In Back to the Future Part II, Marty McFly (Michael J. Fox) and “Doc” Emmett Brown (Christopher Lloyd) use their time-traveling DeLorean to travel to 2015 in an effort to save McFly’s kids from ruin. In the movie, 2015 is filled with flying cars and even a Chicago Cubs World Series victory. The movie was obviously fictional, but according to a preliminary review of The Fiscal Survey of States, released earlier this month, some state budget officers probably wish they could travel to 2015 because that is also the year that state revenues are projected to recover from the economic recession.
Although the national economy is showing signs of recovery, the picture is not nearly as rosy for states, according to the preliminary findings of the report, which is published jointly by the National Governors Association and the National Association of State Budget Officers (NASBO). In fact, even after accounting for spending cuts and tax increases, states are expecting new budget shortfalls totaling $14.5 billion for Fiscal Year (FY) 2010 and $21.9 billion for FY 2011-amounts that are expected to increase dramatically over the next several months.
States have already closed budget gaps of $72.7 billion in FY 2009 and $113.1 billion in FY 2010. However, with revenues down 11.7 percent and 16.6 percent in the first two quarters of 2009, respectively, and Medicaid spending up nearly 8 percent in FY 2009, states may not fully recover from the recession until late in the next decade, the report finds.
The report acknowledges the role of the American Recovery and Reinvestment Act (ARRA), which provided about $246 billion to states and allowed them to offset planned budget cuts and tax increases. “If Congress had not made these funds available, state budget cuts and tax increases would have been much more draconian and devastating to state governments, their employees, and citizens,” the report reads. However, it adds that ARRA funds will expire in December 2010, which forces states to plan for the “serious cliff in revenues” that they will face at that time.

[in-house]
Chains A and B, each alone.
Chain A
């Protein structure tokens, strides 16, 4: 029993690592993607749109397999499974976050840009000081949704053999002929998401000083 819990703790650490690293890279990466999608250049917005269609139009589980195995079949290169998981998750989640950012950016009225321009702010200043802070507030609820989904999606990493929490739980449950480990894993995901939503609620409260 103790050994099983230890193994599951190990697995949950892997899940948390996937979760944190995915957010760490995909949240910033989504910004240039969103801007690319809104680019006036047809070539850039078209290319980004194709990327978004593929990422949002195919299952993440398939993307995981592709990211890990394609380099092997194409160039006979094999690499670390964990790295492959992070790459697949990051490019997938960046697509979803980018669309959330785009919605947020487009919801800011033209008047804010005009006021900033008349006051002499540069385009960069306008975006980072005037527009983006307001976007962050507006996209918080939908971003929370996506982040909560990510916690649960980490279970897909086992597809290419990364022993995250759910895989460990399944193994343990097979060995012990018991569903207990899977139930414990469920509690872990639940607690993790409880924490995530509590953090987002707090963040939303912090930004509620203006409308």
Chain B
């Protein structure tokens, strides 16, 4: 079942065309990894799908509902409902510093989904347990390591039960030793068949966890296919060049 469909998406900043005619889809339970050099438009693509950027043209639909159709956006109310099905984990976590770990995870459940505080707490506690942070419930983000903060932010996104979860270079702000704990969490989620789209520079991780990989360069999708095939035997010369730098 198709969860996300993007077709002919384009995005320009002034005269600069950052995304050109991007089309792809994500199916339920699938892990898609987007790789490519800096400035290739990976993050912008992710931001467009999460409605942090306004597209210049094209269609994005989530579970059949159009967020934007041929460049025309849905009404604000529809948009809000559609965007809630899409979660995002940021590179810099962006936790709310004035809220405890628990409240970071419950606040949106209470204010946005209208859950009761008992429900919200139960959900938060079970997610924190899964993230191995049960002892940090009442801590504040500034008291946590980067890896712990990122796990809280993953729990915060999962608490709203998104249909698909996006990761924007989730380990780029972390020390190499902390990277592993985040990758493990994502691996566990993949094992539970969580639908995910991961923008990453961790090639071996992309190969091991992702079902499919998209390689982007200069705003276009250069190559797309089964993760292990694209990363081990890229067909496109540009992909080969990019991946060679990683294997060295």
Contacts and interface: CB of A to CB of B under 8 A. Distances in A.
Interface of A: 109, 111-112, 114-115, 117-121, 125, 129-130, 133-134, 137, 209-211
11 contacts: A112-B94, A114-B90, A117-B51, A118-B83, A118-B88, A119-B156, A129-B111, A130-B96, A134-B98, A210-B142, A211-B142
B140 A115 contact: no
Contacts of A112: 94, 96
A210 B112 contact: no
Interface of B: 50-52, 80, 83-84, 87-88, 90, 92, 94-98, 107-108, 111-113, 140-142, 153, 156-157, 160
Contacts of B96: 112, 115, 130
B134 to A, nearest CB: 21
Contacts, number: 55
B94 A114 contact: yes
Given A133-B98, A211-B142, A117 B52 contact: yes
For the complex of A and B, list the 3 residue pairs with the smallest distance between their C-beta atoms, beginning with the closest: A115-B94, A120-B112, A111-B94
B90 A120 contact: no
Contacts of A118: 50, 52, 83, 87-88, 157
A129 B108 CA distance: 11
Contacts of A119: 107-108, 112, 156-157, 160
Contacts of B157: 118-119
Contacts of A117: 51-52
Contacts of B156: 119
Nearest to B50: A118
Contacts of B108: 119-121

“Previous downturns have proven that the worst budget years for a state are the two years after the national recession is declared over,” the report reads. “States’ recoveries from the current recession, however, may be prolonged with most economists projecting a slow and potentially jobless national recovery. … The combination of falling revenues, which accompany high unemployment, and an explosion in Medicaid enrollment, which occurs very late in an economic downturn, explain why a recession’s greatest impact on state budgets occurs one to two years after the downturn is over.”
The report cites research projecting that state revenues will likely recover in 2014 or 2015. However, it adds that states will continue to struggle even when recovery begins because they will need to replenish retiree pension and health care trust funds, while paying for maintenance, technology, and infrastructure investments that were deferred during the crisis. Additionally, states will need to replenish contingency or rainy day funds.
“These are the worst numbers we’ve ever seen in the decades of putting together this report,” said Scott D. Pattison, executive director of NASBO. “States have been forced to lay off and furlough employees, raise taxes, drain rainy day funds and sharply cut state spending in ways that impact every part of state government.”
Read the report at http://tinyurl.com/ylmnhvp.